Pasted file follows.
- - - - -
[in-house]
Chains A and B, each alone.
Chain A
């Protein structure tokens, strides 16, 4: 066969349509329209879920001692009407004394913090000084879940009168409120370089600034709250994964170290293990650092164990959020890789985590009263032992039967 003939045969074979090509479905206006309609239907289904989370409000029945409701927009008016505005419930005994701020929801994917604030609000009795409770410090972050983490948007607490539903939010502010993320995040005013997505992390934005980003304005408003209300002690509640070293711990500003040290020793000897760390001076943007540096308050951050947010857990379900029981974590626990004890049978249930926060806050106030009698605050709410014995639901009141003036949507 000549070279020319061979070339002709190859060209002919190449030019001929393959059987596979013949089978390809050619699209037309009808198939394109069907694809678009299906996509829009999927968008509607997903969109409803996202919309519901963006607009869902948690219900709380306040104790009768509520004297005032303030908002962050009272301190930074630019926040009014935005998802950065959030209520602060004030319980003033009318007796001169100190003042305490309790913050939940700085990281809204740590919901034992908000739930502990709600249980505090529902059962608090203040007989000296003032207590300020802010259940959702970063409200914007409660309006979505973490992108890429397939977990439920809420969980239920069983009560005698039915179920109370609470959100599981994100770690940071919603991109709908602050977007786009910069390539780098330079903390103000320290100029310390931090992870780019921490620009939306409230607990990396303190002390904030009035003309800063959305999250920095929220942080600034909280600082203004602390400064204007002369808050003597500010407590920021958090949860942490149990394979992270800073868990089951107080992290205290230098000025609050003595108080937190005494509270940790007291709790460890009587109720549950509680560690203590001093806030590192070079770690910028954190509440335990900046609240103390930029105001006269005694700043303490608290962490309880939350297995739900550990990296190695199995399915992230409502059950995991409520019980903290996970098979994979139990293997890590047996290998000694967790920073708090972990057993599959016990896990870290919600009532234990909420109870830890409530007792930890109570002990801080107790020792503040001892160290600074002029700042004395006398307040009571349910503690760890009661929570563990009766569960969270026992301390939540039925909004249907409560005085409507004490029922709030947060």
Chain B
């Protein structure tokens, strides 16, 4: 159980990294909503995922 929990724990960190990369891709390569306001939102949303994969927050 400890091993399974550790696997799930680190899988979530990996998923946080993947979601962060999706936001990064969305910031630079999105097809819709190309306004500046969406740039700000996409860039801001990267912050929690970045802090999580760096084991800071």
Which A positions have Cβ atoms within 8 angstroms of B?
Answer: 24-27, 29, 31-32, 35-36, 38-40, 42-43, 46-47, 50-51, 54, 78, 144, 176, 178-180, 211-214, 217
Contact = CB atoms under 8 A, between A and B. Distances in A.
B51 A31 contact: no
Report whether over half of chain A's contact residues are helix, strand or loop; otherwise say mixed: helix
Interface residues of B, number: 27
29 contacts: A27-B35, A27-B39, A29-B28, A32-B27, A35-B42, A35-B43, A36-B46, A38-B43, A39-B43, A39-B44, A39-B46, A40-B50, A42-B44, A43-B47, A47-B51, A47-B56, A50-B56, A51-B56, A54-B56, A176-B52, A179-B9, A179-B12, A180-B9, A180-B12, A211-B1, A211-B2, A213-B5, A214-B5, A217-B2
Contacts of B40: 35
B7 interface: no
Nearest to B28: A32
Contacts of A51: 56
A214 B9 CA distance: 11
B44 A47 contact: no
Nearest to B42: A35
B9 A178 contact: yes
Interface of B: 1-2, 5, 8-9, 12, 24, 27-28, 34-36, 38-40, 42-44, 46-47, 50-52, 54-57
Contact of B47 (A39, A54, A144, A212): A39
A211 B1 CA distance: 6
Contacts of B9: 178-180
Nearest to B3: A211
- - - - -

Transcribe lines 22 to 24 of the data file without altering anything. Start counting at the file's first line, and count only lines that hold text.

Interface of B: 1-2, 5, 8-9, 12, 24, 27-28, 34-36, 38-40, 42-44, 46-47, 50-52, 54-57
Contact of B47 (A39, A54, A144, A212): A39
A211 B1 CA distance: 6